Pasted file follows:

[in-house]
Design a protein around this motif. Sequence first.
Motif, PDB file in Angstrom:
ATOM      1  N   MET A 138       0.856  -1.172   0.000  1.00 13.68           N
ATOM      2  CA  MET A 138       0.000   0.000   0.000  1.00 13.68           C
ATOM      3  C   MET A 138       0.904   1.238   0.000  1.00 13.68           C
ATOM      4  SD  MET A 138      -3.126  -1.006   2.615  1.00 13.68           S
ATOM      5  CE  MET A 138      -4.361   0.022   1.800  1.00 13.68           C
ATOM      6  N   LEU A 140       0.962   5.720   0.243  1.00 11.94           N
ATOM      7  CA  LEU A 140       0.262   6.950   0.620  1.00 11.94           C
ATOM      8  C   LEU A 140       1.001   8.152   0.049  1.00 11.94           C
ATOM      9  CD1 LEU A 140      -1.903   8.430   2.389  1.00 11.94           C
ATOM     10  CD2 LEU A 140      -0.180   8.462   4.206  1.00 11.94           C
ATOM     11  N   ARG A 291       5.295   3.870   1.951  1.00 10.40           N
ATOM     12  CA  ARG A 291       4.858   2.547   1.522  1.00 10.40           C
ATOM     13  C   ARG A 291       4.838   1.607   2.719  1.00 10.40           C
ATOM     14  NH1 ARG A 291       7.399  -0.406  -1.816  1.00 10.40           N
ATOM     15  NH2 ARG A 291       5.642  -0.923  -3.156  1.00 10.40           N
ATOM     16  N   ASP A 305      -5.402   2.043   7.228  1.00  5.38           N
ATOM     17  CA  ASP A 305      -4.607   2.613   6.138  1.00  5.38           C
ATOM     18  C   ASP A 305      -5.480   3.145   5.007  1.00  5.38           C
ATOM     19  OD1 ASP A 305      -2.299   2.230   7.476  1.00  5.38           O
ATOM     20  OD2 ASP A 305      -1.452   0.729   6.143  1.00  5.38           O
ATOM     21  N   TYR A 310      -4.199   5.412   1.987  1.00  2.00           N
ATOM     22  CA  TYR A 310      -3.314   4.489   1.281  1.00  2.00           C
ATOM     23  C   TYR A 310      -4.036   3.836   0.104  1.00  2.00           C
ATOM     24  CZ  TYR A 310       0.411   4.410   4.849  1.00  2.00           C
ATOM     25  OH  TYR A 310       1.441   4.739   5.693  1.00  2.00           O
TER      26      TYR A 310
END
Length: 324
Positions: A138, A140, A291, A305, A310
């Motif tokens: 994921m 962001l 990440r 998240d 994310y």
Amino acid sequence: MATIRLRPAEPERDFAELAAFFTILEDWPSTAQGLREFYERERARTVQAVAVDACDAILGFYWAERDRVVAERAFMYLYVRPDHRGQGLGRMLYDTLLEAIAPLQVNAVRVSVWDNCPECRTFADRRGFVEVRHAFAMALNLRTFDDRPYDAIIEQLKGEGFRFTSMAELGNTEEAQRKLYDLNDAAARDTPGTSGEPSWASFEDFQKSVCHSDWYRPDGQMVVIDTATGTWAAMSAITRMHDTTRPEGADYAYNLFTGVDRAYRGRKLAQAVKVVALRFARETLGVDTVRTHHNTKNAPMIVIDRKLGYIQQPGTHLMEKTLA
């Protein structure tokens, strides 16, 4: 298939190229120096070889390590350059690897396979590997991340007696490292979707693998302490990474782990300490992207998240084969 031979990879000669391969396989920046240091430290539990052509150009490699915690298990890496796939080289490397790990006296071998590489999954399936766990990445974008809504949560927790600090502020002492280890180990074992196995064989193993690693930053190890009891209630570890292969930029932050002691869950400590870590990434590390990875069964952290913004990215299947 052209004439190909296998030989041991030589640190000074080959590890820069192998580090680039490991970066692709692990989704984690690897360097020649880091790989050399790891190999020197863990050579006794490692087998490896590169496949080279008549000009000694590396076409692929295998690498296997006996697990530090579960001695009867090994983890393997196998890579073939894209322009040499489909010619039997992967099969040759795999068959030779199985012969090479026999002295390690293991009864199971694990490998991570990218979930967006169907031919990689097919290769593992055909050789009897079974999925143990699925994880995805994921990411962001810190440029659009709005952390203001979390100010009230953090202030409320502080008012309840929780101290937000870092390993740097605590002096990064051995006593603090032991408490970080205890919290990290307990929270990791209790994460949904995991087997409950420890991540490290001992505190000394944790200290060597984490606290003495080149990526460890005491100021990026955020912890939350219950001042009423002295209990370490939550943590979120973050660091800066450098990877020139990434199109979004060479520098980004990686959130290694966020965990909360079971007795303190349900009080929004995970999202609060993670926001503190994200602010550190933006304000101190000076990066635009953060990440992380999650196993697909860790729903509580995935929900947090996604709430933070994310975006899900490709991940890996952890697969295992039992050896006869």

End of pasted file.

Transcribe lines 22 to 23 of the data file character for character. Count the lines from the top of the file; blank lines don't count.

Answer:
ATOM     19  OD1 ASP A 305      -2.299   2.230   7.476  1.00  5.38           O
ATOM     20  OD2 ASP A 305      -1.452   0.729   6.143  1.00  5.38           O